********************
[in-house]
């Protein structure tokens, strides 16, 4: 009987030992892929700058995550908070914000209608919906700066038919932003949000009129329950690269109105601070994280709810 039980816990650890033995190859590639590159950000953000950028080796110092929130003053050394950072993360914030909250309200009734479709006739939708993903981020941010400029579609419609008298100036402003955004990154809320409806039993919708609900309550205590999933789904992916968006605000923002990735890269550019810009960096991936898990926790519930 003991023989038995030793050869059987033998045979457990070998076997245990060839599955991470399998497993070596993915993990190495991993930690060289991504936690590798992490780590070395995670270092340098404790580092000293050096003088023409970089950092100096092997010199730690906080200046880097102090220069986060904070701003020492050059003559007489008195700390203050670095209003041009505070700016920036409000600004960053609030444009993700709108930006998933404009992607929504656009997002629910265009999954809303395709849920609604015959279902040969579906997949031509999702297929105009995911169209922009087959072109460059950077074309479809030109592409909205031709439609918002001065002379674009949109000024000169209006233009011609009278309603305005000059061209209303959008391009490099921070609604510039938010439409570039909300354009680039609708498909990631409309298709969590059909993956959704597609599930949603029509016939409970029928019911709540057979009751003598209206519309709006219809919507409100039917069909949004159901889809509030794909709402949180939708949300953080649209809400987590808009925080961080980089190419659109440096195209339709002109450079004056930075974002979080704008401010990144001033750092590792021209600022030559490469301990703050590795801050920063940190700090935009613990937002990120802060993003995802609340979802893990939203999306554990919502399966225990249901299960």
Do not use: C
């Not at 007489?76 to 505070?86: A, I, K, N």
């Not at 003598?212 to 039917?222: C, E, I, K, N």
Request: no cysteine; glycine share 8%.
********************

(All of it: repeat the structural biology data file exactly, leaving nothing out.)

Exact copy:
[in-house]
């Protein structure tokens, strides 16, 4: 009987030992892929700058995550908070914000209608919906700066038919932003949000009129329950690269109105601070994280709810 039980816990650890033995190859590639590159950000953000950028080796110092929130003053050394950072993360914030909250309200009734479709006739939708993903981020941010400029579609419609008298100036402003955004990154809320409806039993919708609900309550205590999933789904992916968006605000923002990735890269550019810009960096991936898990926790519930 003991023989038995030793050869059987033998045979457990070998076997245990060839599955991470399998497993070596993915993990190495991993930690060289991504936690590798992490780590070395995670270092340098404790580092000293050096003088023409970089950092100096092997010199730690906080200046880097102090220069986060904070701003020492050059003559007489008195700390203050670095209003041009505070700016920036409000600004960053609030444009993700709108930006998933404009992607929504656009997002629910265009999954809303395709849920609604015959279902040969579906997949031509999702297929105009995911169209922009087959072109460059950077074309479809030109592409909205031709439609918002001065002379674009949109000024000169209006233009011609009278309603305005000059061209209303959008391009490099921070609604510039938010439409570039909300354009680039609708498909990631409309298709969590059909993956959704597609599930949603029509016939409970029928019911709540057979009751003598209206519309709006219809919507409100039917069909949004159901889809509030794909709402949180939708949300953080649209809400987590808009925080961080980089190419659109440096195209339709002109450079004056930075974002979080704008401010990144001033750092590792021209600022030559490469301990703050590795801050920063940190700090935009613990937002990120802060993003995802609340979802893990939203999306554990919502399966225990249901299960």
Do not use: C
């Not at 007489?76 to 505070?86: A, I, K, N």
């Not at 003598?212 to 039917?222: C, E, I, K, N």
Request: no cysteine; glycine share 8%.